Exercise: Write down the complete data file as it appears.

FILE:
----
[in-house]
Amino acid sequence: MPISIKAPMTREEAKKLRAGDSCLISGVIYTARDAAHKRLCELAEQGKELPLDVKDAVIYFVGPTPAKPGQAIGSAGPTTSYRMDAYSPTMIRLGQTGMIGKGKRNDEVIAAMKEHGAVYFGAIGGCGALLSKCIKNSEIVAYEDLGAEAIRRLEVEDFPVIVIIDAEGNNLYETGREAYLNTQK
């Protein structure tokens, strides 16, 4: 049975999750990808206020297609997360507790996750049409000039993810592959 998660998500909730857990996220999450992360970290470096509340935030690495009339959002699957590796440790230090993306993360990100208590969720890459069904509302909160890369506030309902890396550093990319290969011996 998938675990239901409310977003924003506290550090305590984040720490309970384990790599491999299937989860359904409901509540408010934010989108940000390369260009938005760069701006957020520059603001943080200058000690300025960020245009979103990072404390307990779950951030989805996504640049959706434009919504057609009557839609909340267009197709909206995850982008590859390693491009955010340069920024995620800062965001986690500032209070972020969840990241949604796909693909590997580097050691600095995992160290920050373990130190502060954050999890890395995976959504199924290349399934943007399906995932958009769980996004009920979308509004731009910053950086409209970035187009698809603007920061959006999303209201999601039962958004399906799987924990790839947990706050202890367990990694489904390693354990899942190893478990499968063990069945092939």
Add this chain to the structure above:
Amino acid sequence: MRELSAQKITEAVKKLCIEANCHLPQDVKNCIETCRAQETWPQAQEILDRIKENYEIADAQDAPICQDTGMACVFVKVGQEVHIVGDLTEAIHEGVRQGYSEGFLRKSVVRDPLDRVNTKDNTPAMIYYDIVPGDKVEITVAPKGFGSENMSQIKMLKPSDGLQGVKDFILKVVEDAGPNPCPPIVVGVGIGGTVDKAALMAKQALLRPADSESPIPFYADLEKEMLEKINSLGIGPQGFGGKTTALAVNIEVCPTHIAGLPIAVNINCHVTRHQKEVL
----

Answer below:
[in-house]
Amino acid sequence: MPISIKAPMTREEAKKLRAGDSCLISGVIYTARDAAHKRLCELAEQGKELPLDVKDAVIYFVGPTPAKPGQAIGSAGPTTSYRMDAYSPTMIRLGQTGMIGKGKRNDEVIAAMKEHGAVYFGAIGGCGALLSKCIKNSEIVAYEDLGAEAIRRLEVEDFPVIVIIDAEGNNLYETGREAYLNTQK
């Protein structure tokens, strides 16, 4: 049975999750990808206020297609997360507790996750049409000039993810592959 998660998500909730857990996220999450992360970290470096509340935030690495009339959002699957590796440790230090993306993360990100208590969720890459069904509302909160890369506030309902890396550093990319290969011996 998938675990239901409310977003924003506290550090305590984040720490309970384990790599491999299937989860359904409901509540408010934010989108940000390369260009938005760069701006957020520059603001943080200058000690300025960020245009979103990072404390307990779950951030989805996504640049959706434009919504057609009557839609909340267009197709909206995850982008590859390693491009955010340069920024995620800062965001986690500032209070972020969840990241949604796909693909590997580097050691600095995992160290920050373990130190502060954050999890890395995976959504199924290349399934943007399906995932958009769980996004009920979308509004731009910053950086409209970035187009698809603007920061959006999303209201999601039962958004399906799987924990790839947990706050202890367990990694489904390693354990899942190893478990499968063990069945092939």
Add this chain to the structure above:
Amino acid sequence: MRELSAQKITEAVKKLCIEANCHLPQDVKNCIETCRAQETWPQAQEILDRIKENYEIADAQDAPICQDTGMACVFVKVGQEVHIVGDLTEAIHEGVRQGYSEGFLRKSVVRDPLDRVNTKDNTPAMIYYDIVPGDKVEITVAPKGFGSENMSQIKMLKPSDGLQGVKDFILKVVEDAGPNPCPPIVVGVGIGGTVDKAALMAKQALLRPADSESPIPFYADLEKEMLEKINSLGIGPQGFGGKTTALAVNIEVCPTHIAGLPIAVNINCHVTRHQKEVL